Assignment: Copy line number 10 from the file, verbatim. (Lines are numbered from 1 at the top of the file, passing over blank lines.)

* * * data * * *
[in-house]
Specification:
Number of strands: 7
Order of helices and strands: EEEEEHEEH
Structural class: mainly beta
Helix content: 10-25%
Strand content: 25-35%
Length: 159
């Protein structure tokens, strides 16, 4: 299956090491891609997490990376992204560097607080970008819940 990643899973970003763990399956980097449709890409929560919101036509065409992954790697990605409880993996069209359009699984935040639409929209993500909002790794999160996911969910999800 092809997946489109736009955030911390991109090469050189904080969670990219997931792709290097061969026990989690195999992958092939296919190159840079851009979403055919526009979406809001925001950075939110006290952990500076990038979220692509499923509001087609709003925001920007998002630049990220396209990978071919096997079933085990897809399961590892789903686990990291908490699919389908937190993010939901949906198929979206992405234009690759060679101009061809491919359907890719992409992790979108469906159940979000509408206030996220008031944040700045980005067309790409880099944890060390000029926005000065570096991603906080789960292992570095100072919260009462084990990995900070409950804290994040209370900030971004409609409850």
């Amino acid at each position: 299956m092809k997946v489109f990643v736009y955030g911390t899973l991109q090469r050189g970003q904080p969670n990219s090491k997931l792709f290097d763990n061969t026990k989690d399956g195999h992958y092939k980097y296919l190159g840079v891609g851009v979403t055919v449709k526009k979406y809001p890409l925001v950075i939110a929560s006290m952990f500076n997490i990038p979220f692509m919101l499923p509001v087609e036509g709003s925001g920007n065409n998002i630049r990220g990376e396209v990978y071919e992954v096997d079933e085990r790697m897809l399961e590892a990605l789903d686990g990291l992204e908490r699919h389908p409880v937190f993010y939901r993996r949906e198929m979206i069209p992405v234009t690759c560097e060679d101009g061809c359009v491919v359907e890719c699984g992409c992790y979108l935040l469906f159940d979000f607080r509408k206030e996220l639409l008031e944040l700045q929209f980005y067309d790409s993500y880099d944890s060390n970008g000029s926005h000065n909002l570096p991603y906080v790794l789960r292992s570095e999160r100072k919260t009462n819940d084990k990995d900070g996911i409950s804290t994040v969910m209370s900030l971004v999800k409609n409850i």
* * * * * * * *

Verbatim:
């Amino acid at each position: 299956m092809k997946v489109f990643v736009y955030g911390t899973l991109q090469r050189g970003q904080p969670n990219s090491k997931l792709f290097d763990n061969t026990k989690d399956g195999h992958y092939k980097y296919l190159g840079v891609g851009v979403t055919v449709k526009k979406y809001p890409l925001v950075i939110a929560s006290m952990f500076n997490i990038p979220f692509m919101l499923p509001v087609e036509g709003s925001g920007n065409n998002i630049r990220g990376e396209v990978y071919e992954v096997d079933e085990r790697m897809l399961e590892a990605l789903d686990g990291l992204e908490r699919h389908p409880v937190f993010y939901r993996r949906e198929m979206i069209p992405v234009t690759c560097e060679d101009g061809c359009v491919v359907e890719c699984g992409c992790y979108l935040l469906f159940d979000f607080r509408k206030e996220l639409l008031e944040l700045q929209f980005y067309d790409s993500y880099d944890s060390n970008g000029s926005h000065n909002l570096p991603y906080v790794l789960r292992s570095e999160r100072k919260t009462n819940d084990k990995d900070g996911i409950s804290t994040v969910m209370s900030l971004v999800k409609n409850i």